A woman contemplates her swollen cheeks, swollen hands, feet, and wonders if there's a connection between them and her medication.

The Unlikely Story of a Lucky Diagnosis, Part 2

Editor’s note: This is the second article in a 2-part series. The first is “The Unlikely Story of a Lucky Diagnosis, Part 1

I was diagnosed with stage 4 lupus nephritis. They put me on the highest possible dose of cyclosporine, prednisone, and hydroxychloroquine sulfate. I stayed home another 2 weeks before I resumed school. The side effect of the medication changed my body and face so much that people who knew me before wouldn't recognize me. I had to face the shock in my friends' and relatives' expressions when they could not recognize me. Sometimes I had to reintroduce myself to neighbors who knew me all my life.

Accepting my sick self

Taking 100mg of prednisone turned my face into the shape of a pear, with swollen eyes, nose, and lips. The swelling would move around in my body. One day I would wake up and see it on my neck, the next day, it would be around my knees. Excessive hair started growing on every inch of the skin all over my body and face. Within weeks, my face was covered with thick facial hair, mustache, beard, and the most abundant eyebrows I had seen in my life. My periods stopped for one year. Gastrointestinal issues started bothering me not just during the day but even in my sleep.

I decided that I will accept the fact that medicine has side effects, but I will do whatever is needed to feel better about myself. I started waxing my entire body and face regularly to get rid of the hair. I accepted the pain as part of accepting the disease. The hair was so thick that each time I waxed, my skin bled out of each hair follicle. For a young girl who can be obsessed with how she looks, going back to high school and dealing with the rest of the kids was terrifying. I remember staring at my deformed and hairy face in the mirror, crying and giving myself pep-talks. "You will not look like this forever. It will not be like this forever..." and then I would pull the wax strip off of my cheeks.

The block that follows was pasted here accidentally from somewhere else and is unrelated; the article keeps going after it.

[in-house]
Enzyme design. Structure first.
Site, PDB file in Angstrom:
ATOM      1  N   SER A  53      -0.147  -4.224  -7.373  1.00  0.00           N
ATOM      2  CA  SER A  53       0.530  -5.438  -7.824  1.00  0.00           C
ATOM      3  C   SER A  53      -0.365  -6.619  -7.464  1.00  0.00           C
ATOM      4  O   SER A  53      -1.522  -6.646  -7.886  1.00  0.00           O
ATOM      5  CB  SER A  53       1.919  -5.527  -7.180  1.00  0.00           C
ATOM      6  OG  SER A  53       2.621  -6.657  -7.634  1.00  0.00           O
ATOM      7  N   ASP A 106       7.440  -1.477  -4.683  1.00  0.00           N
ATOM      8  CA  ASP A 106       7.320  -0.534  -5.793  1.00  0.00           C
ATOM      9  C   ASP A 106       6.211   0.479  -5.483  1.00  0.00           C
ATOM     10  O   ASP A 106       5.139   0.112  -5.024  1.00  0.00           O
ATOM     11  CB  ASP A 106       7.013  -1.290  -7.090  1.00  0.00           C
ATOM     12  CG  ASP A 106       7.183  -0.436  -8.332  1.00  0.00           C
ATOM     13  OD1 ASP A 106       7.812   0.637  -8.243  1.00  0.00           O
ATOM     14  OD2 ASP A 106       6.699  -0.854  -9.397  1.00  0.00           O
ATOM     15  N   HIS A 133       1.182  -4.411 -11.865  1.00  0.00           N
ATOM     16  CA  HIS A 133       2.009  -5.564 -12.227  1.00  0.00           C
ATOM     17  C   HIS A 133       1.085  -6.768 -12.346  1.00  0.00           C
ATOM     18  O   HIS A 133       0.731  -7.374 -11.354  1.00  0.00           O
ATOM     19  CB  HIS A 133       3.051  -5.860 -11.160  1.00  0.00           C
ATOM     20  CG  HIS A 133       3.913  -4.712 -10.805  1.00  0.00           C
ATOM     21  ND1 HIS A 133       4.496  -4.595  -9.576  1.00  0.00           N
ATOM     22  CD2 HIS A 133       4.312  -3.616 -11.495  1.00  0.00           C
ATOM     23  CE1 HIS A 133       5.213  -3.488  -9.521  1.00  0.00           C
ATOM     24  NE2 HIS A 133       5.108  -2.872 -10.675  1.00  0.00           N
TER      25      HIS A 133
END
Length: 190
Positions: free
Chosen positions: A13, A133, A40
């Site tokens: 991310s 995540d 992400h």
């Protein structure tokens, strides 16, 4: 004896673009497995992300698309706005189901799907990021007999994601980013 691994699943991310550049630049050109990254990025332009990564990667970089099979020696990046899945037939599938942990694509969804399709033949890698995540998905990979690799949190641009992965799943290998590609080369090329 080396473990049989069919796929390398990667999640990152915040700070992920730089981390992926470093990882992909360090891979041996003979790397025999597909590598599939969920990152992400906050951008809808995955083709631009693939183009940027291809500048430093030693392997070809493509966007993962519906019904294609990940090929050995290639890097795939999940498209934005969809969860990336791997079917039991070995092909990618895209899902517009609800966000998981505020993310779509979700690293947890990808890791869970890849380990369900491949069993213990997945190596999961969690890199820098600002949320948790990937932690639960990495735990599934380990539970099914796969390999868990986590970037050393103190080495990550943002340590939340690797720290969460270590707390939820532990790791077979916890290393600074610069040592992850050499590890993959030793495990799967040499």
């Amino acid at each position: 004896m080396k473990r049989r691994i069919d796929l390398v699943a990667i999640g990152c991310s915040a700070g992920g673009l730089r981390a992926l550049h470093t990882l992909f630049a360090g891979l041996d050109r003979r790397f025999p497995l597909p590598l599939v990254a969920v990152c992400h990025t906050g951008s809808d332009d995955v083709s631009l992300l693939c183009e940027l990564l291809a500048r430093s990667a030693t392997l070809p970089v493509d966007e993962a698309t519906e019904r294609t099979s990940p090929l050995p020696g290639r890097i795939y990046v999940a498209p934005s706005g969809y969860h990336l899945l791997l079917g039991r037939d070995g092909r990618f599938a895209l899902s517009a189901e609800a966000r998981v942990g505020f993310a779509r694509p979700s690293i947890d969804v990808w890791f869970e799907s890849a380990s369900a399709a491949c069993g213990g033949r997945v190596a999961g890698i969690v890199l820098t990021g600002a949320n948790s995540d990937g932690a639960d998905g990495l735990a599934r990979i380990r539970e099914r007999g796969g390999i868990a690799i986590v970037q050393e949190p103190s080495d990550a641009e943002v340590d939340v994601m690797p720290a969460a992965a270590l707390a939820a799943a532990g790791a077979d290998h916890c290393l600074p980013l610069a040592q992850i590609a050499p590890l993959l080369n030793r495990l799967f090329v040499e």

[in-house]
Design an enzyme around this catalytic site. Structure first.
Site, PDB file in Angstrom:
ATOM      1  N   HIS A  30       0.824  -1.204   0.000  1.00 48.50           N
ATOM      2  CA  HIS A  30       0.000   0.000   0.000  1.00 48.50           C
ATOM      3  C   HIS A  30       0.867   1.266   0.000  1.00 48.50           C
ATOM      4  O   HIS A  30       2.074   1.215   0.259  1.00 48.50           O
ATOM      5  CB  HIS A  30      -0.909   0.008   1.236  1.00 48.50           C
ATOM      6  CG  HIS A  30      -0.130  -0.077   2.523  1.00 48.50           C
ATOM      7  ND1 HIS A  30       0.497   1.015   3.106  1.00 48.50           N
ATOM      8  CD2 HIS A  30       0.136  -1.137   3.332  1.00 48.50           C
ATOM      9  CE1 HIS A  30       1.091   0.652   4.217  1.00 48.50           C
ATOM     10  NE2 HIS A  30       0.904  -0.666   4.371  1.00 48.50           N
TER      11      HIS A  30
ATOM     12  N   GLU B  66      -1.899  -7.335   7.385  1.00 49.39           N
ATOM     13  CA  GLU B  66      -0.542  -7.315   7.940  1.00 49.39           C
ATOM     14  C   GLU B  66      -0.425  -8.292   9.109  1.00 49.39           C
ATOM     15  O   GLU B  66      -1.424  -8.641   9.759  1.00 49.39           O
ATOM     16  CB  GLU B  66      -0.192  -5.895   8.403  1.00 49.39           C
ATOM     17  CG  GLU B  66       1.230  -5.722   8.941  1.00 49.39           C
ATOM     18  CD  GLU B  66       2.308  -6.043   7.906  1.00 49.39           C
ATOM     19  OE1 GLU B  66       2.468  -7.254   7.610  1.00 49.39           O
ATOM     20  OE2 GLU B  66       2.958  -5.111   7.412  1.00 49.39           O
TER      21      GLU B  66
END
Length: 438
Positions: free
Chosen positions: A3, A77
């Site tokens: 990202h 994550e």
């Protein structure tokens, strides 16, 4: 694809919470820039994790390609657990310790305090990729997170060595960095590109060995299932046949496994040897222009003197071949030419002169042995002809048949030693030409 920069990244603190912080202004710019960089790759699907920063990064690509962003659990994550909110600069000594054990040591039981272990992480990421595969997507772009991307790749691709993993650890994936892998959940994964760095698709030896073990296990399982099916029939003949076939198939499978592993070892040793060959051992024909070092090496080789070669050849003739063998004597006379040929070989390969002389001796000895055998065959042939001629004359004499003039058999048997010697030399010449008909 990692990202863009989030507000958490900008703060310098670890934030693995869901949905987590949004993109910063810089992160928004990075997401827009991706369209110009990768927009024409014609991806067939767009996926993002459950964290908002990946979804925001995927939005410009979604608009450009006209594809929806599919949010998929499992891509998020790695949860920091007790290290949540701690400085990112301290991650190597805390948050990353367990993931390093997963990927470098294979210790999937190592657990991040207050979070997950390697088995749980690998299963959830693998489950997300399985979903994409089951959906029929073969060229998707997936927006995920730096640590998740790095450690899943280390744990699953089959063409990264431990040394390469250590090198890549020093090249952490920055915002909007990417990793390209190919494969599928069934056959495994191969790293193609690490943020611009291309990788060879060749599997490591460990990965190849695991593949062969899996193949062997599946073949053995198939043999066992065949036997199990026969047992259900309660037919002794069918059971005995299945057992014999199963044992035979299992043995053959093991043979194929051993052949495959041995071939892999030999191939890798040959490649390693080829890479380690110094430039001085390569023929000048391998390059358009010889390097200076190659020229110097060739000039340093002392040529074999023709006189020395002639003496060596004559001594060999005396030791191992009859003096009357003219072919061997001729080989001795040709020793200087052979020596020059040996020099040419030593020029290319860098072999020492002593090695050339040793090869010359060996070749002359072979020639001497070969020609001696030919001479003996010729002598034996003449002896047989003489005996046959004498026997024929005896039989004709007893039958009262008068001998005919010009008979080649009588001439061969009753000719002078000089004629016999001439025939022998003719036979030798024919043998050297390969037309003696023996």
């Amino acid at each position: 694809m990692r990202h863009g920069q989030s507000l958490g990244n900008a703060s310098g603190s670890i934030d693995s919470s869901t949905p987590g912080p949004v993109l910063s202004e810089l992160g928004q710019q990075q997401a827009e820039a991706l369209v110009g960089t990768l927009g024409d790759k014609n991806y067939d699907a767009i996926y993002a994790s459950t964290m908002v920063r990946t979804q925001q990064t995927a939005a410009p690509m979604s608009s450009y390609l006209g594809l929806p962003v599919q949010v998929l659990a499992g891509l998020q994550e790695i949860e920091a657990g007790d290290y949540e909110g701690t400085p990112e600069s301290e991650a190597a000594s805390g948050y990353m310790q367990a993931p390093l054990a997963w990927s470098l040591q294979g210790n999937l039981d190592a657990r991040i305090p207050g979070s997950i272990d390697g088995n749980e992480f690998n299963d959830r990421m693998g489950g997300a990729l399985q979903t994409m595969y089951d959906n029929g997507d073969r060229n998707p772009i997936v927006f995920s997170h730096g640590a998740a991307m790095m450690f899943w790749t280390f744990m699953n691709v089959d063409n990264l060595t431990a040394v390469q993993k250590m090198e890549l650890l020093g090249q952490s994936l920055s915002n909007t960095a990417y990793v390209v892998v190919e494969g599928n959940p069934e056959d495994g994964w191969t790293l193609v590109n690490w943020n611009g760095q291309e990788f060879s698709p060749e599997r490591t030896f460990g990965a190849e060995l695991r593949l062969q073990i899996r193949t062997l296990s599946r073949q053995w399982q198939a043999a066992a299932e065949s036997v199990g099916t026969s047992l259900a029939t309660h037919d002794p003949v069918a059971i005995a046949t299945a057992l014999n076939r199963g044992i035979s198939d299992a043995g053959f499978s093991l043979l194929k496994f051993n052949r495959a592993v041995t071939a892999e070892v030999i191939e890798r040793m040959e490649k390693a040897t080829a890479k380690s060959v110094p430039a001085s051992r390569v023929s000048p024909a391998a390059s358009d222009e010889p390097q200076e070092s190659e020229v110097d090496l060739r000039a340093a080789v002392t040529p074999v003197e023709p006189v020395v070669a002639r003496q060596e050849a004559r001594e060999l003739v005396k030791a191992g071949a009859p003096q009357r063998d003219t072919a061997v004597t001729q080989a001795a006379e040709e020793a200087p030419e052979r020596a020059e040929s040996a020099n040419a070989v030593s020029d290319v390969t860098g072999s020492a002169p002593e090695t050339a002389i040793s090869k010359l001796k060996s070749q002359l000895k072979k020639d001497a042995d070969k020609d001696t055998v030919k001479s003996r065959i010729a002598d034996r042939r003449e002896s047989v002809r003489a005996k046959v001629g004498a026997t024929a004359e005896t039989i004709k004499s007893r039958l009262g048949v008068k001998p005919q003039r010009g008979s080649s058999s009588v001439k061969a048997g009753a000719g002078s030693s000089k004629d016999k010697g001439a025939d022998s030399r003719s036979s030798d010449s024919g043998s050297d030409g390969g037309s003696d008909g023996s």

Feeling exhausted consistently was now my new normal, but at least I had accepted the fatigue is caused by the illness, and it is not my fault if I do not have the energy to hang out with my friends. I started being kinder to myself. That's when I began to learn how to live with this disease. I realized I could not fight it, but I must coexist with it, and for that, the first step is to love myself first.

And life went on

The first couple of weeks back at school was better than I expected. I knew my classmates would ask, "What happened to your face?" I decided not to hide anything. I figured being open and honest about my condition will help me navigate the new challenges of being sick. I already had a lot on my plate and could not mentally afford the additional stress.

I was surprised to find out how being open and vulnerable made the community of young girls around me so supportive. If they asked for it, I gave them the full story. For every time I mentioned lupus, I got the question: "What is that?" I gave them the answer the doctor gave me, and that was enough to make us move on to the next conversation.

The rest of that year was full of physical, mental, and emotional pain, not just for me, but for my parents too. My parents tried their best to hide their fear and worries. Though, I picked up on their whispering voices through the thin walls of our apartment. I heard my Dad cry silently and listened to my mom console him. I remember one day, my journal entry was only two sentences. "This, too, shall pass. You will figure this out."

Seventeen years later, I still have not figured it out, but I have learned to manage and live the best life I can amidst the ebb and flow of chronic disease.

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